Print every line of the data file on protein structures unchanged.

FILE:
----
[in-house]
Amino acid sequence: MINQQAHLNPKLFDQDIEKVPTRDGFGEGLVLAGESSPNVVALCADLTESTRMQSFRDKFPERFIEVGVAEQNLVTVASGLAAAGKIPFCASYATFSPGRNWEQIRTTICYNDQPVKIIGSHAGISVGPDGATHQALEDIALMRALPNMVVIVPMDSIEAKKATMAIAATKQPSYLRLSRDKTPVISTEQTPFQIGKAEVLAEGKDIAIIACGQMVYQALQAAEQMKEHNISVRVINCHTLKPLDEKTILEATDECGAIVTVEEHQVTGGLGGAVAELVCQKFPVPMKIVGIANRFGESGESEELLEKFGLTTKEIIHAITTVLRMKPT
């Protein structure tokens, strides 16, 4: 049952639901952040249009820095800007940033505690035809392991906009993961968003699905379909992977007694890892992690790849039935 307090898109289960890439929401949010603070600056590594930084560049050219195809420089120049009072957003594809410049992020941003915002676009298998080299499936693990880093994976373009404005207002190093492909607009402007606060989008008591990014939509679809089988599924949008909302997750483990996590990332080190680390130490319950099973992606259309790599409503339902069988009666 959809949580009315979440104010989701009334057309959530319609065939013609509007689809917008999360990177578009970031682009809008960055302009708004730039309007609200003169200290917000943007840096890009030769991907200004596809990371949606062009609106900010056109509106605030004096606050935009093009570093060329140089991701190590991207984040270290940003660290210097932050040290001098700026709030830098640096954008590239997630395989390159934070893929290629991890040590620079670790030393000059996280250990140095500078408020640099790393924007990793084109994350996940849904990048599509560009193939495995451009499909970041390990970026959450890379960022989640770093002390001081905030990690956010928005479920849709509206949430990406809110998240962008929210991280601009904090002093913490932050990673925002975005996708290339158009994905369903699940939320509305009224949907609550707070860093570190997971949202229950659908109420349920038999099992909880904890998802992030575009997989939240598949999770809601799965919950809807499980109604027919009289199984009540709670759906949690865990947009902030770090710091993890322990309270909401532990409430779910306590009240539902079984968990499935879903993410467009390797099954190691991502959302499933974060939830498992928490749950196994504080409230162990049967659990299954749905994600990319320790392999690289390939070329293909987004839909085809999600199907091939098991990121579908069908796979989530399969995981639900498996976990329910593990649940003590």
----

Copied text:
[in-house]
Amino acid sequence: MINQQAHLNPKLFDQDIEKVPTRDGFGEGLVLAGESSPNVVALCADLTESTRMQSFRDKFPERFIEVGVAEQNLVTVASGLAAAGKIPFCASYATFSPGRNWEQIRTTICYNDQPVKIIGSHAGISVGPDGATHQALEDIALMRALPNMVVIVPMDSIEAKKATMAIAATKQPSYLRLSRDKTPVISTEQTPFQIGKAEVLAEGKDIAIIACGQMVYQALQAAEQMKEHNISVRVINCHTLKPLDEKTILEATDECGAIVTVEEHQVTGGLGGAVAELVCQKFPVPMKIVGIANRFGESGESEELLEKFGLTTKEIIHAITTVLRMKPT
């Protein structure tokens, strides 16, 4: 049952639901952040249009820095800007940033505690035809392991906009993961968003699905379909992977007694890892992690790849039935 307090898109289960890439929401949010603070600056590594930084560049050219195809420089120049009072957003594809410049992020941003915002676009298998080299499936693990880093994976373009404005207002190093492909607009402007606060989008008591990014939509679809089988599924949008909302997750483990996590990332080190680390130490319950099973992606259309790599409503339902069988009666 959809949580009315979440104010989701009334057309959530319609065939013609509007689809917008999360990177578009970031682009809008960055302009708004730039309007609200003169200290917000943007840096890009030769991907200004596809990371949606062009609106900010056109509106605030004096606050935009093009570093060329140089991701190590991207984040270290940003660290210097932050040290001098700026709030830098640096954008590239997630395989390159934070893929290629991890040590620079670790030393000059996280250990140095500078408020640099790393924007990793084109994350996940849904990048599509560009193939495995451009499909970041390990970026959450890379960022989640770093002390001081905030990690956010928005479920849709509206949430990406809110998240962008929210991280601009904090002093913490932050990673925002975005996708290339158009994905369903699940939320509305009224949907609550707070860093570190997971949202229950659908109420349920038999099992909880904890998802992030575009997989939240598949999770809601799965919950809807499980109604027919009289199984009540709670759906949690865990947009902030770090710091993890322990309270909401532990409430779910306590009240539902079984968990499935879903993410467009390797099954190691991502959302499933974060939830498992928490749950196994504080409230162990049967659990299954749905994600990319320790392999690289390939070329293909987004839909085809999600199907091939098991990121579908069908796979989530399969995981639900498996976990329910593990649940003590």